PGY-1 year: Rotations at three primary hospitals - Froedtert Hospital, Clement J. Zablocki VA Medical Center and Aurora Sinai Hospital
CA-1 through CA-3 years: Froedtert Hospital, Clement J. Zablocki VA Medical Center, Children's Hospital of Wisconsin, and St. Joseph's Regional Medical Center
The primary goal of the Medical College of Wisconsin, and resources to graduate adept and trusted anesthesiologists who are consultants in their specialty. This is achieved by offering a manageable volume and variety of cases, research opportunities, and a teaching faculty of outstanding clinicians and clinician scientists. The end result is that our residents have the opportunities to develop their skills to the highest level.
Our Residency Training Program has four ABA certified training tracks. The first is a four-year continuous program that includes the clinical base year. The four-year program is a great choice because it allows interns to take full advantage of the many opportunities available to them at the College and to attend anesthesiology core program seminars, workshops, and social events with the anesthesiology residents. Residents applying to the four-year Anesthesiology Residency Program will need to apply on ERAS for the Medical College of Wisconsin Program number 1784040C0. First year rotations are described above. All scheduling for the clinical base year is through the Anesthesiology Department. The Surgical Intensive Care Unit (SICU) is under the direction of the Anesthesiology Department and is located at the VA Medical Center. The rotations for the CA-1 through CA-3 years are described in the Advanced Program.
The Three-Year Advanced Program is listed on ERAS as the Medical College of Wisconsin Program number 1784040A0. The Clinical Anesthesia (CA) Program allows residents to gain experience in areas of basic, sub-specialty, and advanced anesthesiology. The rotations for the CA-1 through CA-3 years are listed above. At the start of the first clinical anesthesia year (CA-1), the resident will have three to four months of general anesthesia training. Additional general anesthesia rotations will then be included in a mix of rotations including 1-month rotations in the Acute Regional Pain Service, Obstetric Anesthesiology, and Pain Medicine. Overnight call does not occur in the first several months of training and is instituted thereafter on an individual basis, based upon the resident's competency in Patient Care and Medical Knowledge as determined by an evaluation committee. Classroom work in the CA-1 year consists of a dedicated Introductory Lecture Series that covers all core topics in the specialty. There are multiple simulation sessions to review core skills, code and call readiness, and to assess basic skills in managing cardiac, respiratory events, and malignant hyperthermia.
In the second clinical anesthesia year (CA-2), residents are primarily focused on subspecialty rotations in Airway, Cardiac, Obstetric, Neuro, Pediatric, and Acute Pain Service (Regional Anesthesia elective), as well as Critical Care and Pain Clinic. Lectures are provided weekly in each of the subspecialty rotations.
In the third clinical anesthesia year (CA-3), residents may request electives in advanced anesthesia, any of the anesthesia subspecialties, or the clinical scientist tract. The clinical scientist tract is a six-month rotation in which a resident can chose to work with any one of the many anesthesiology faculty who have ongoing clinical or laboratory investigations. The resident experience is primarily tutorial in nature; (s)he is assigned a specific project that is closely supervised by a faculty mentor. The resident is expected to complete experiments, analyze data, and present results in oral and written formats.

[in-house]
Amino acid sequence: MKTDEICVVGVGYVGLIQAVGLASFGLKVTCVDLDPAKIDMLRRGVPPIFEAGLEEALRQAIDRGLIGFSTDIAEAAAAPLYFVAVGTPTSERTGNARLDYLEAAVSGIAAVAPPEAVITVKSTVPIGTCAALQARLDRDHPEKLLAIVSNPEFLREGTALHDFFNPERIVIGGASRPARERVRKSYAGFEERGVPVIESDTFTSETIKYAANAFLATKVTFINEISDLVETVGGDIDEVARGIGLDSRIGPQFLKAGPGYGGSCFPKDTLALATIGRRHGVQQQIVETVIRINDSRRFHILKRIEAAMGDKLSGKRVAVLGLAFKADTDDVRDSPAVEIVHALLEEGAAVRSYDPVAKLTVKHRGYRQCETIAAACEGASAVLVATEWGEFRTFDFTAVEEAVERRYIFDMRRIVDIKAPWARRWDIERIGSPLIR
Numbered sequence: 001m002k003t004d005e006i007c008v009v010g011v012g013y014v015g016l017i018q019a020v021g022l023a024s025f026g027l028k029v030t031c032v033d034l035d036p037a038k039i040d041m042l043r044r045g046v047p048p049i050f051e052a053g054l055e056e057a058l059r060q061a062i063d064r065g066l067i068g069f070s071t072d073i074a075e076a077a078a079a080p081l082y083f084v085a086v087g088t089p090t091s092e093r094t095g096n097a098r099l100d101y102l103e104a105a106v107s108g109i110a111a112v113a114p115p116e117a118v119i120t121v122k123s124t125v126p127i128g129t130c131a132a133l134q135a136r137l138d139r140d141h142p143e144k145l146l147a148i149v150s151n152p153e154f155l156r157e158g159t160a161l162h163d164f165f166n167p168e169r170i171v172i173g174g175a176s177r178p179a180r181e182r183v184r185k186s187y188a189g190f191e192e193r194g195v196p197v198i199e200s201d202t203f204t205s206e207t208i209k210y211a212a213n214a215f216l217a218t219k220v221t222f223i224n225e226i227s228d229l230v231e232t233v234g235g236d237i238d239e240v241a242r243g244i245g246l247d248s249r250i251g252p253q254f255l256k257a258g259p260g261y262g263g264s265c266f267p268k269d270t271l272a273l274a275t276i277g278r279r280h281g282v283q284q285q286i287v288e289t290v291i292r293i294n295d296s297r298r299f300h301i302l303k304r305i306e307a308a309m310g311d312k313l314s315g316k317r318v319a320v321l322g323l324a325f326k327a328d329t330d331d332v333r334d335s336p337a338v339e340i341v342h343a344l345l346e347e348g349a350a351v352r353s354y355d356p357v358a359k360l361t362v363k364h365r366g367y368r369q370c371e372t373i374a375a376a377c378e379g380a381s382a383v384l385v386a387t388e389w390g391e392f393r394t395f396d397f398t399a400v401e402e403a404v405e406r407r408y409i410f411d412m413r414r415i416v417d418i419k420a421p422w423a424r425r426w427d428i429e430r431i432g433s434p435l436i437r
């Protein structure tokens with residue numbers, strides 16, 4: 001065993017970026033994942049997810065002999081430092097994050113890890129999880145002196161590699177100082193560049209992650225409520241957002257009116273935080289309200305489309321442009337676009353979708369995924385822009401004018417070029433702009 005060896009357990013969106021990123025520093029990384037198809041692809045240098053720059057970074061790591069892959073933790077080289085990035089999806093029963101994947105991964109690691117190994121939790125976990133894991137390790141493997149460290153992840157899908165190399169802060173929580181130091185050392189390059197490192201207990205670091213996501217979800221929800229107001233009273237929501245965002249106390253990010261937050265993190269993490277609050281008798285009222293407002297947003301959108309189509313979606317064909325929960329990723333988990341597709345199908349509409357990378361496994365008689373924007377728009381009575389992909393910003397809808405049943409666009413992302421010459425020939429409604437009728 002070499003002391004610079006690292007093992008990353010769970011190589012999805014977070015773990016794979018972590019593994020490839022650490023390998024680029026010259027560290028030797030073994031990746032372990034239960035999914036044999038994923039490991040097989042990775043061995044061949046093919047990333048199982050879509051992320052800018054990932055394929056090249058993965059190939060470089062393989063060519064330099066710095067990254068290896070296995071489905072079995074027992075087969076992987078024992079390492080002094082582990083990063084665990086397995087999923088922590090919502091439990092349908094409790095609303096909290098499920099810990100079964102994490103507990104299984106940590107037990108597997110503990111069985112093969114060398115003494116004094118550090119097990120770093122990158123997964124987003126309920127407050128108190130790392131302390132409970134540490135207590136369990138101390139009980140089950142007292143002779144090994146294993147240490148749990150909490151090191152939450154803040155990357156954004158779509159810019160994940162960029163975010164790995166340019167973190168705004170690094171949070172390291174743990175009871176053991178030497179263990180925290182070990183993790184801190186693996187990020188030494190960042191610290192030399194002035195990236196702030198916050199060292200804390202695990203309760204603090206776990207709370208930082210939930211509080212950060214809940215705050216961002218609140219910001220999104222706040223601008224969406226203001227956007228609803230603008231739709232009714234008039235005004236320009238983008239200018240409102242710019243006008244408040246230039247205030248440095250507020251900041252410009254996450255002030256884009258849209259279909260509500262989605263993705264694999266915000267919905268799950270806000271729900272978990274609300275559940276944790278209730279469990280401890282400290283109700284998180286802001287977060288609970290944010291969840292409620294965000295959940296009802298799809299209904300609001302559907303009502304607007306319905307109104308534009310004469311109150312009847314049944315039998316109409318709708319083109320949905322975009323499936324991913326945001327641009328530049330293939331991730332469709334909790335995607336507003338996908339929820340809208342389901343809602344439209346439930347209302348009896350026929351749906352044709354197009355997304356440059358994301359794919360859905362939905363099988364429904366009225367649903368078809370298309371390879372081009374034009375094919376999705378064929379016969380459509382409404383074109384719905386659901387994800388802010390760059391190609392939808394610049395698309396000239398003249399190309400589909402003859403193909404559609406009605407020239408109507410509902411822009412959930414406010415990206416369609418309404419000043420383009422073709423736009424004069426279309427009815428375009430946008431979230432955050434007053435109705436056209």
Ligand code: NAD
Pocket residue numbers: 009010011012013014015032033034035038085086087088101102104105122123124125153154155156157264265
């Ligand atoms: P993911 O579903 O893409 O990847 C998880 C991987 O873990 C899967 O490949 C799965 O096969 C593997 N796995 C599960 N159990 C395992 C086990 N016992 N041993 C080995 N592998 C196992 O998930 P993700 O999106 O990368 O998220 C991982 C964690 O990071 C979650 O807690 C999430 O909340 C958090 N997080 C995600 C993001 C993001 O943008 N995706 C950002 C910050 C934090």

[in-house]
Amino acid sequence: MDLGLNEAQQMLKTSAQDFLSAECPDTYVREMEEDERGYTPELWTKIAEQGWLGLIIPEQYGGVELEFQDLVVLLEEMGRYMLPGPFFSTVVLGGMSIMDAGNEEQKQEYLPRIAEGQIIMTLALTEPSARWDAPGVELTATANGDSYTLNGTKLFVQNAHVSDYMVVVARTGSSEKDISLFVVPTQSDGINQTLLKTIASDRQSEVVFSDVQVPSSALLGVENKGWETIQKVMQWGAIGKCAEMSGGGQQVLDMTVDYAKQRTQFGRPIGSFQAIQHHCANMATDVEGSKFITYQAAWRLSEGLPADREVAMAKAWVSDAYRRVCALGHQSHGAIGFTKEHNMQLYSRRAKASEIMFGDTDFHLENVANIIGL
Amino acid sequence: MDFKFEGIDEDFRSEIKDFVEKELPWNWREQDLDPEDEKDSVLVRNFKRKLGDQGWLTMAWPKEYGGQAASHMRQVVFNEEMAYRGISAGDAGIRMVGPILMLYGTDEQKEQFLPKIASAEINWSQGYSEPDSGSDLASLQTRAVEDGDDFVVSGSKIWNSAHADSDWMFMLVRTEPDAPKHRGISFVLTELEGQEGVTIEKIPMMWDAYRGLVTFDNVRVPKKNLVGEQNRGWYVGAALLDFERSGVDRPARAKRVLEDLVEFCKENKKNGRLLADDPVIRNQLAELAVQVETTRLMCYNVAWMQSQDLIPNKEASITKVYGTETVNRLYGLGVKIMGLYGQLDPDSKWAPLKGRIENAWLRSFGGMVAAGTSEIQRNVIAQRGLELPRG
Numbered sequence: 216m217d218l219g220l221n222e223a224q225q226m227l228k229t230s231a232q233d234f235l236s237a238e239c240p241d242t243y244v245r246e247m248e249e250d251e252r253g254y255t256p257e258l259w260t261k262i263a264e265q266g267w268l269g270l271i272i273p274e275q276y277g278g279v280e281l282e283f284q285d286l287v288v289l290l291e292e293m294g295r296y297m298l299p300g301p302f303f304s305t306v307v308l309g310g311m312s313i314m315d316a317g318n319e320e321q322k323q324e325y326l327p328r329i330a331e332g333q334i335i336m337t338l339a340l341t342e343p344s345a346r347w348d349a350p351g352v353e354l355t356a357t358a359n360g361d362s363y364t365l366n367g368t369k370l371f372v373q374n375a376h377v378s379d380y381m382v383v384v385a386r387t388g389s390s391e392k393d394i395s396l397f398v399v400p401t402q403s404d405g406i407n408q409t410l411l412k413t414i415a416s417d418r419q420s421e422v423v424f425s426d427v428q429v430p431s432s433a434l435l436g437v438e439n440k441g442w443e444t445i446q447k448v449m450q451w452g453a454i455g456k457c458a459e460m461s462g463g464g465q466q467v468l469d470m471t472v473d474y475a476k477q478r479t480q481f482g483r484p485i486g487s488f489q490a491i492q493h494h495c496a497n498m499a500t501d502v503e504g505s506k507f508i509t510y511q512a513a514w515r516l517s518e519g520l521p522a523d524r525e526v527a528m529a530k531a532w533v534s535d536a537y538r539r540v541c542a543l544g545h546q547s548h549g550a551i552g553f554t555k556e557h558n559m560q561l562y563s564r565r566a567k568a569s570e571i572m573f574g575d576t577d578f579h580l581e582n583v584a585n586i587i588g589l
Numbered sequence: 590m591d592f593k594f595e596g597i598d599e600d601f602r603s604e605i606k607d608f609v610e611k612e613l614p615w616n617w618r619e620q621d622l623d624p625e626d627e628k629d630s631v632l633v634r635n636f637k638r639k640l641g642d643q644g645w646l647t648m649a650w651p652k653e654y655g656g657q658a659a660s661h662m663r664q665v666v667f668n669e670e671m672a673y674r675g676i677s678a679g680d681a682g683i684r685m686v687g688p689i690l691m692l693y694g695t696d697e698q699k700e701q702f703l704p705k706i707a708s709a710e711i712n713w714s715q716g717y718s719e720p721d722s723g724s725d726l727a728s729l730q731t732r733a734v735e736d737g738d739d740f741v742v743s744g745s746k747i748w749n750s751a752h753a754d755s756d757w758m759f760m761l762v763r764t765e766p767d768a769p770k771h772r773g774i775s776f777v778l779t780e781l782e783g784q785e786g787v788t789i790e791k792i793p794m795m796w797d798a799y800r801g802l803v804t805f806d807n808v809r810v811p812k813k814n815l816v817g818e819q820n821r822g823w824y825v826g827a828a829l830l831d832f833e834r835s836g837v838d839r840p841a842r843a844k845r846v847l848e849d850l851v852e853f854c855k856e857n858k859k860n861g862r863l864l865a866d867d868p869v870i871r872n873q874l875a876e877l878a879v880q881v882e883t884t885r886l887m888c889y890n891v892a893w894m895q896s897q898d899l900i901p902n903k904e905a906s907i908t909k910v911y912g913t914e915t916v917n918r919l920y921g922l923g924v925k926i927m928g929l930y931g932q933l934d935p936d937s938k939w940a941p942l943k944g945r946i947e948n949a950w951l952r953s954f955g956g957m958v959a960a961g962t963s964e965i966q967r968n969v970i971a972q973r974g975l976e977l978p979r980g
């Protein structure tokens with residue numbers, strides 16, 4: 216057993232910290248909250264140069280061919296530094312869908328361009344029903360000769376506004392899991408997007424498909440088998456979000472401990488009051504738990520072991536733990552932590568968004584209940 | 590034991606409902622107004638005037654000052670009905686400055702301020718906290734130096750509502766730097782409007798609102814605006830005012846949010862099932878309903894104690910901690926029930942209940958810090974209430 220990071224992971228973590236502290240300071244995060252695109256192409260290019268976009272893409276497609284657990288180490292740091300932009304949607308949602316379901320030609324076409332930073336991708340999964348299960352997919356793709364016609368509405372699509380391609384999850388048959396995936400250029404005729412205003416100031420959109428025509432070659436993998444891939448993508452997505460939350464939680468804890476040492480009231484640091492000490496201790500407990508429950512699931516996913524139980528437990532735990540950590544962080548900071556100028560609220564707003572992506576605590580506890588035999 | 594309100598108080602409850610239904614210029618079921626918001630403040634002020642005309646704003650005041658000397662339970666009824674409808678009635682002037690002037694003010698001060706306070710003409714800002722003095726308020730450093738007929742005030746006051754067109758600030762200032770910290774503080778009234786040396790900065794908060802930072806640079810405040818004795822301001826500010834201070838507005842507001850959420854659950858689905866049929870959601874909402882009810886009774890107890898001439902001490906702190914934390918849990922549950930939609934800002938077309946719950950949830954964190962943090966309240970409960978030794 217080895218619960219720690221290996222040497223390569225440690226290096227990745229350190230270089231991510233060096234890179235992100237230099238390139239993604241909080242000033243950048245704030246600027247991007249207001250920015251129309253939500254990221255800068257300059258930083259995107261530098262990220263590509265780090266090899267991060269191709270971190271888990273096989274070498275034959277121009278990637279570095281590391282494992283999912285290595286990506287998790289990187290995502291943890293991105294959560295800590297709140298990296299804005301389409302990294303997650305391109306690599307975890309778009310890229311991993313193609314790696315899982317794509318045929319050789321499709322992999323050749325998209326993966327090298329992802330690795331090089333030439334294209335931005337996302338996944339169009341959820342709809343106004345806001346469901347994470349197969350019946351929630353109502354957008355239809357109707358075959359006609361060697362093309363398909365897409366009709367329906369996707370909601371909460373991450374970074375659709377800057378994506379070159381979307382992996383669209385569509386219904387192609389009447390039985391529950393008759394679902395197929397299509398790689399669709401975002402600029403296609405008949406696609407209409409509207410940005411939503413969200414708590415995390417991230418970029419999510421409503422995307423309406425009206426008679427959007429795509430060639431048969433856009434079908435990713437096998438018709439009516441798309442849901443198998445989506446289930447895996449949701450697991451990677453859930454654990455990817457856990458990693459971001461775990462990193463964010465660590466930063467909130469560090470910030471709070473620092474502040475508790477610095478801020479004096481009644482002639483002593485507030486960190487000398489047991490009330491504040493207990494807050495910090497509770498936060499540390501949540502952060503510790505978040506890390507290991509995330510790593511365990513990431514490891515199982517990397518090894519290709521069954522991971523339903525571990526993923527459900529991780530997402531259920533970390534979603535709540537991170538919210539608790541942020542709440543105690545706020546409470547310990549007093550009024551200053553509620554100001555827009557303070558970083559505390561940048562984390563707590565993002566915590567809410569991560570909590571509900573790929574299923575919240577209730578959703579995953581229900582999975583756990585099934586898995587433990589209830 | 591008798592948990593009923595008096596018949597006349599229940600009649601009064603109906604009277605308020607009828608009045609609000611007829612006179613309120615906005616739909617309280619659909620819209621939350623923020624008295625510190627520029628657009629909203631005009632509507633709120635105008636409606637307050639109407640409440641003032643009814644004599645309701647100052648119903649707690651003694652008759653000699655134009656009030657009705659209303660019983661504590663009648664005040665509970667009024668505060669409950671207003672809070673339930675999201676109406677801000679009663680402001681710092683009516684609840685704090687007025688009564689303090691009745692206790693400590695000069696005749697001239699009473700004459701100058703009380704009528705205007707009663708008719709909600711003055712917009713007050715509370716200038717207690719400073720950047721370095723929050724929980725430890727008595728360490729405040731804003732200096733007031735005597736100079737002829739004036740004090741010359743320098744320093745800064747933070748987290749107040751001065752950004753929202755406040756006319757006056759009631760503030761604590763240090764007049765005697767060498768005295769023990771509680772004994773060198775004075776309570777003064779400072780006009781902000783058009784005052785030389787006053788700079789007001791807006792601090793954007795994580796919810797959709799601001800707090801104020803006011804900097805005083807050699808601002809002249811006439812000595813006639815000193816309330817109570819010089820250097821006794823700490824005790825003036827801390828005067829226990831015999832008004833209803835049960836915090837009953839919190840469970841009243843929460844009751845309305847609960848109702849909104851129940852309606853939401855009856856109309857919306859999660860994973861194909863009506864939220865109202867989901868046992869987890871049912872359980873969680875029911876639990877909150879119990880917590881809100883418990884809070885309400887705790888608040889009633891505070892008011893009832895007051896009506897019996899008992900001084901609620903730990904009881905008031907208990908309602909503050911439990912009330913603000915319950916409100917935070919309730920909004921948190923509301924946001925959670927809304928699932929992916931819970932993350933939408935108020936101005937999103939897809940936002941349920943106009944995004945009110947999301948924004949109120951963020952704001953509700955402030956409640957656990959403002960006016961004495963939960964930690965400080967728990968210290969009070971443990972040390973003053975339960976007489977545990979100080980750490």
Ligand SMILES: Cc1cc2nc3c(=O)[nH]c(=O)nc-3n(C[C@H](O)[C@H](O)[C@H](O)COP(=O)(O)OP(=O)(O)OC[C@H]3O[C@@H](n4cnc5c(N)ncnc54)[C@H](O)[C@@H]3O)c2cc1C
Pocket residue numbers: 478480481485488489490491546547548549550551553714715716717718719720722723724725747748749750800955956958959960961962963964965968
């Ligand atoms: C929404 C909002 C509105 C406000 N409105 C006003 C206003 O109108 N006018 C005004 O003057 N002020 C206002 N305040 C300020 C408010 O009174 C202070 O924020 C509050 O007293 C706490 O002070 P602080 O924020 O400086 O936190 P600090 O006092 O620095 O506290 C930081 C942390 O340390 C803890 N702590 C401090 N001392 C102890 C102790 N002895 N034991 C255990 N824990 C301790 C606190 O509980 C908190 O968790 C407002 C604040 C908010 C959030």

In an average three-year program, each resident will have had the opportunity to perform 450-500 general anesthesia or monitored anesthesia cases, 100 spinal/epidurals, 120 other regional nerve blocks, 50 PA catheterizations, and 75 difficult airway cases. Because of the large number of severely ill patients at our academic hospitals, there are numerous opportunities for placing regional anesthetics, inserting central and peripheral catheters, and honing skills in ASA class IV patients.
Two new programs will soon be listed in ERAS. These are the combined internal medicine-anesthesia and combined pediatrics-anesthesia 5-year programs. Both programs received their respective Board approval in the Spring of 2013. We currently have one person enrolled in the peds-anesthesia program. The basic structure of these programs consists of a PGY-1 year in peds or medicine and a PGY-2 year in anesthesia. PGY-3 through 5 years are a mix of peds and anesthesia or medicine and anesthesia rotations that follow a very precise structure to make residents board eligible in each specialty within a 5-year period. More information on the two combined programs can be found in detail on the American Board of Anesthesiology Web site.
Residents receive $2000 ($500 Department/$1,500 MCWAH) per year to be used for educational purposes. The Department funds are for license fees, dues, PDA, etc. The Department provides extra funds to cover registration, travel, lodging, and meals to residents who have presentations based on their research efforts. The MCWAH funds are designated as a Working Conditions/Fitness Benefit, and the money will appear on the last paycheck of each academic year.
Medical information is readily accessible through internet-accessible Department and hospital computers linked to the Medical College of Wisconsin Libraries. The Department also uses the New Innovations and ANGEL websites accessed via username and password that provide monthly call schedules, notices and memos, contact information for residents and faculty, lectures, keyword reviews, and practice management guidelines.